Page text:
'New voting system good for parties'

national November 07, 2015 01:00

By Khanittha Thepphajorn,

3,419 Viewed

It will make them stronger and give democracy boost too, says CDC

Members of the Constitution Drafting Commission are convinced that their proposed new electoral system would help strengthen the political parties, as the number of seats they would get in the House of Representatives would better reflect their popularity among voters.
Chatchai Na Chiangmai, one of the 21 constitution drafters, told reporters yesterday that the drafters came up with the mixed-members apportionment system in order to ensure that every vote counted.
Under the MMA, voters are required to vote only once – for constituency MPs. The votes political parties get from all the constituencies would be calculated to determine the number of seats each contesting party got under the party-list system. The drafters have agreed to have 500 members of Parliament – 350 of them from constituencies and 150 from the party list.
Chatchai said that under the new system, the number of party-list seats would be based on the “popularity vote” percentage parties got.
In explaining why only one vote ballot would be used for both the constituency and the party-list voting, he said that unlike developed countries political parties in Thailand were weak and had no clear platforms in their election campaigning. He said the use of a single ballot would help strengthen parties and force them to be more choosy in fielding candidates.
He also tried to allay concerns that larger political parties might be at a disadvantage if this MMA electoral system came into effect.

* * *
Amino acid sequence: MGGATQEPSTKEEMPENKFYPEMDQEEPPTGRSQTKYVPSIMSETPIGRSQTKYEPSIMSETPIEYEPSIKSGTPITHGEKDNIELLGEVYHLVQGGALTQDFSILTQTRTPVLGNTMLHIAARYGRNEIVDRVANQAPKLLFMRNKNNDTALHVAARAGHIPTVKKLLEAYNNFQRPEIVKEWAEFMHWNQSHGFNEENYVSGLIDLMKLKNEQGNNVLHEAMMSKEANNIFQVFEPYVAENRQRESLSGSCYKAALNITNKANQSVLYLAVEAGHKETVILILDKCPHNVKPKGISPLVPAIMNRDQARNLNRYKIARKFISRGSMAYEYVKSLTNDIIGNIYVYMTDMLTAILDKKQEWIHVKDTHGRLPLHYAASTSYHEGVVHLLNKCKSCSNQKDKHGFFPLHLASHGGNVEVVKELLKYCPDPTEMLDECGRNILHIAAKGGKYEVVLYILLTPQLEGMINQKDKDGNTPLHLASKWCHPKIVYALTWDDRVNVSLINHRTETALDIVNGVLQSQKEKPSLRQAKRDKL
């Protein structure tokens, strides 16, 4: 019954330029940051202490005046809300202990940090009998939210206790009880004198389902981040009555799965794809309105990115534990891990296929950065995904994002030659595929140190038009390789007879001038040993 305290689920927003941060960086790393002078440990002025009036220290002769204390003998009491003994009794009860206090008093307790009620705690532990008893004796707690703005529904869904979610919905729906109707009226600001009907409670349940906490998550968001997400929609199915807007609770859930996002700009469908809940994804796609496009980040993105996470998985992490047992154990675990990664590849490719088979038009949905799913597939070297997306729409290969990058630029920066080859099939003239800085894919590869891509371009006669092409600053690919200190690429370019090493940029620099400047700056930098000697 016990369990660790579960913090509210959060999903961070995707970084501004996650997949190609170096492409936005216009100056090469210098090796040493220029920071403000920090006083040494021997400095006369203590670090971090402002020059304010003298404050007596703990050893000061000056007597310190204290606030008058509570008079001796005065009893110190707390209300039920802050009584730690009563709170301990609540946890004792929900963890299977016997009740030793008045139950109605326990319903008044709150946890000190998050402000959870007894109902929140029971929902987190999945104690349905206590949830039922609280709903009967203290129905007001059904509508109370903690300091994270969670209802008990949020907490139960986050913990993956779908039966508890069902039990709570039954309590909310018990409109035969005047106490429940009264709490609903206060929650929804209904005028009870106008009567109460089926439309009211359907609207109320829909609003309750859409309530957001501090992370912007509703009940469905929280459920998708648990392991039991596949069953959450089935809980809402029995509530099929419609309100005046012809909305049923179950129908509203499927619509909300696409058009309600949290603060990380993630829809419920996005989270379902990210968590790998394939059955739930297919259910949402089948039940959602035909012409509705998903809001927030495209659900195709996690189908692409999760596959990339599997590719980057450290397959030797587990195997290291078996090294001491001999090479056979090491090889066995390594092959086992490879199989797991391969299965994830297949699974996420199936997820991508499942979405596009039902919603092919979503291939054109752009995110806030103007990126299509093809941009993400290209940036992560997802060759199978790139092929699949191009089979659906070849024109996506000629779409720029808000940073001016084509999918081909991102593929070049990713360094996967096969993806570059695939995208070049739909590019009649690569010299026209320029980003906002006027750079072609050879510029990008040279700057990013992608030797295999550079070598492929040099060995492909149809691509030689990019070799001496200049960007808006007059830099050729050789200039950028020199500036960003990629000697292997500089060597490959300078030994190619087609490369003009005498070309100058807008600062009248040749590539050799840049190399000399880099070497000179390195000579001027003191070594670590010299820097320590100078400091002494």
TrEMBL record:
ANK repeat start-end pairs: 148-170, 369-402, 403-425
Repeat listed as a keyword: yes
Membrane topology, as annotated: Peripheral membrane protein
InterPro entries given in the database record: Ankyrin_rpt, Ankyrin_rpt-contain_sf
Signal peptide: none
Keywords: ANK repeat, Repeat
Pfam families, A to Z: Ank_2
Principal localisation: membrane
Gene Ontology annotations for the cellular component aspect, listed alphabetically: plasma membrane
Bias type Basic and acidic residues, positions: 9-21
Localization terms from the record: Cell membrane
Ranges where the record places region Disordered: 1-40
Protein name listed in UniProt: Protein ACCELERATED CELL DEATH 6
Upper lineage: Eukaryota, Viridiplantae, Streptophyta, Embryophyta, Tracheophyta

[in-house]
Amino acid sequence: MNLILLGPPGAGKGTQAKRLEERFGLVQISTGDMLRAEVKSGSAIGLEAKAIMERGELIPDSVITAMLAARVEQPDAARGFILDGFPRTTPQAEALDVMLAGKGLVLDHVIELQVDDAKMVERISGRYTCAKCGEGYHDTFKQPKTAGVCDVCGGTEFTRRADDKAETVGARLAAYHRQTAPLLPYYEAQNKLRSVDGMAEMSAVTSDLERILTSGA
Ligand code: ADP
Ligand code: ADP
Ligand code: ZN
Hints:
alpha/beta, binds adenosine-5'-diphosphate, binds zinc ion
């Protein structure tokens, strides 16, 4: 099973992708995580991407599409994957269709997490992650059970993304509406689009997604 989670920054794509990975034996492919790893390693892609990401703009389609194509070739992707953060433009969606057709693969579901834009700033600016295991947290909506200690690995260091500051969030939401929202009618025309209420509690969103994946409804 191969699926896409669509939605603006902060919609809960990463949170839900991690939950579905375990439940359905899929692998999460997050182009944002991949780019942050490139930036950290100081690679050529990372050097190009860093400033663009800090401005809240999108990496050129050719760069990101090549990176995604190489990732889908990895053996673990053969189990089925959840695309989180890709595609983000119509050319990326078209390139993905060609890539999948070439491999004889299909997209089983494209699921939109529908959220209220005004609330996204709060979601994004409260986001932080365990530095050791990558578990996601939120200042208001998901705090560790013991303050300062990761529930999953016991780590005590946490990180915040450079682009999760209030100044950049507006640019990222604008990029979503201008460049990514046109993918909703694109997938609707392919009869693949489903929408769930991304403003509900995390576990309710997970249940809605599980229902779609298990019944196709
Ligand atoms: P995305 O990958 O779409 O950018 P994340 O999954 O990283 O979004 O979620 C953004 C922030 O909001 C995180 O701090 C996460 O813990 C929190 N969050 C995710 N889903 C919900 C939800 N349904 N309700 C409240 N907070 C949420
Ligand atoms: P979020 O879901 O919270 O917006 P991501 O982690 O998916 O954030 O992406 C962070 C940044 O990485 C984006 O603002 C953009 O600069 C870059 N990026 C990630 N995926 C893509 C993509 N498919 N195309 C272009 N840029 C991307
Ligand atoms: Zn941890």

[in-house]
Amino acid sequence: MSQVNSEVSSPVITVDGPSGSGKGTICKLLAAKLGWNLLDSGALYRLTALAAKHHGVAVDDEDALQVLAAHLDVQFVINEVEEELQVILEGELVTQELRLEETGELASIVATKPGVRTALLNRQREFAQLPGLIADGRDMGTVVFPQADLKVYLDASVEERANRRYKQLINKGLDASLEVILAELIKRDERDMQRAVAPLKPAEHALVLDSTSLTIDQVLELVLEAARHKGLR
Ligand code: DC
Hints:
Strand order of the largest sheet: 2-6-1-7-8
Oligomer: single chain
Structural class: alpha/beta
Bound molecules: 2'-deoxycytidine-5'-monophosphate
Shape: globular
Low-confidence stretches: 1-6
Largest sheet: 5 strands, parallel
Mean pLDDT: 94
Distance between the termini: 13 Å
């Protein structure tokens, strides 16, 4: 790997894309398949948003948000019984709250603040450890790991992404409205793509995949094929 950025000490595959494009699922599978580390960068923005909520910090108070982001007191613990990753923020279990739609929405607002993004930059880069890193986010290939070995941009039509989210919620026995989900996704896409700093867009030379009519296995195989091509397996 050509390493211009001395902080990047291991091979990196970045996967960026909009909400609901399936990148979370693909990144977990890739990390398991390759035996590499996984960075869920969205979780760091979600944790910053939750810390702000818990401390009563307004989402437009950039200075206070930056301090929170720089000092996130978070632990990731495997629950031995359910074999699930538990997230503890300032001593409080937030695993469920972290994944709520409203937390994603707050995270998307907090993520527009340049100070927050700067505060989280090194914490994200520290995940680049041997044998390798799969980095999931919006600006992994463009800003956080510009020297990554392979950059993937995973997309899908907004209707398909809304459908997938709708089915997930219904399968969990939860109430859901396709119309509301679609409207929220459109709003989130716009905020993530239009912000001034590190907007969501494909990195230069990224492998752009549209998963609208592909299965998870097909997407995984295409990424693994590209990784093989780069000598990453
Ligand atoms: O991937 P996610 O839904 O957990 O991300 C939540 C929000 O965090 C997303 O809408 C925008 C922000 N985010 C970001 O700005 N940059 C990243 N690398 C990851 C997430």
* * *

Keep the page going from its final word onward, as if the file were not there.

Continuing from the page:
“The popularity votes will be counted first. If they get more popularity votes, it means they have an advantage over smaller parties,” Chatchai said.
The charter drafter said that as the new MMA system was based on the support of voters, smaller political parties would have to adapt in order to gain more backing.
“This is real democracy. Parties with more popularity should get more MPs. Parties with less popularity get fewer MP seats. It’s fair, isn’t it?” he said.
There are concerns the new system would confuse voters, as votes from constituencies would also be counted as party-list votes, but Chatchai does not think it would.
He said the mass media should help the CDC change people’s way of thinking. “Many Thais normally stick to individuals [in politics],” he said. He said that in any democracy, political parties must serve as an institution and must create new breeds of politicians to make good policies. “If we use this new system for the next few elections, the political system will be better,” he said. 
“Good people must find good parties to be affiliated [with]. This new system will help boost the strength and stability of political parties.”
Academic Sombat Thamrong-thanyawong, from the National Institution of Development Administration, warned yesterday that the MMA system could lead to weak coalition governments. 
He said it was unlikely any political party would get majority control and there would be a need to form a coalition administration consisting of many parties.
Democrat Party deputy leader Nipit Intarasombat thanked the CDC for being open-minded and listening to the various suggestions given to it. He noted that CDC chairman Meechai Ruchupan and other drafters had made major changes based on the suggestions they obtained.
The politician also called on the CDC to include in the new constitution a lifetime ban for election candidates found to have been corrupt while serving in public office.
Democrat politician Korn Chatikavanij yesterday met with the CDC to propose his personal suggestions about a new constitution, according to the commission’s spokesman Norachit Sinhaseni.
On Thursday, Korn wrote on his Facebook page that he agreed with the all-votes-matter principle. However, he said he saw it as problematic on many levels.

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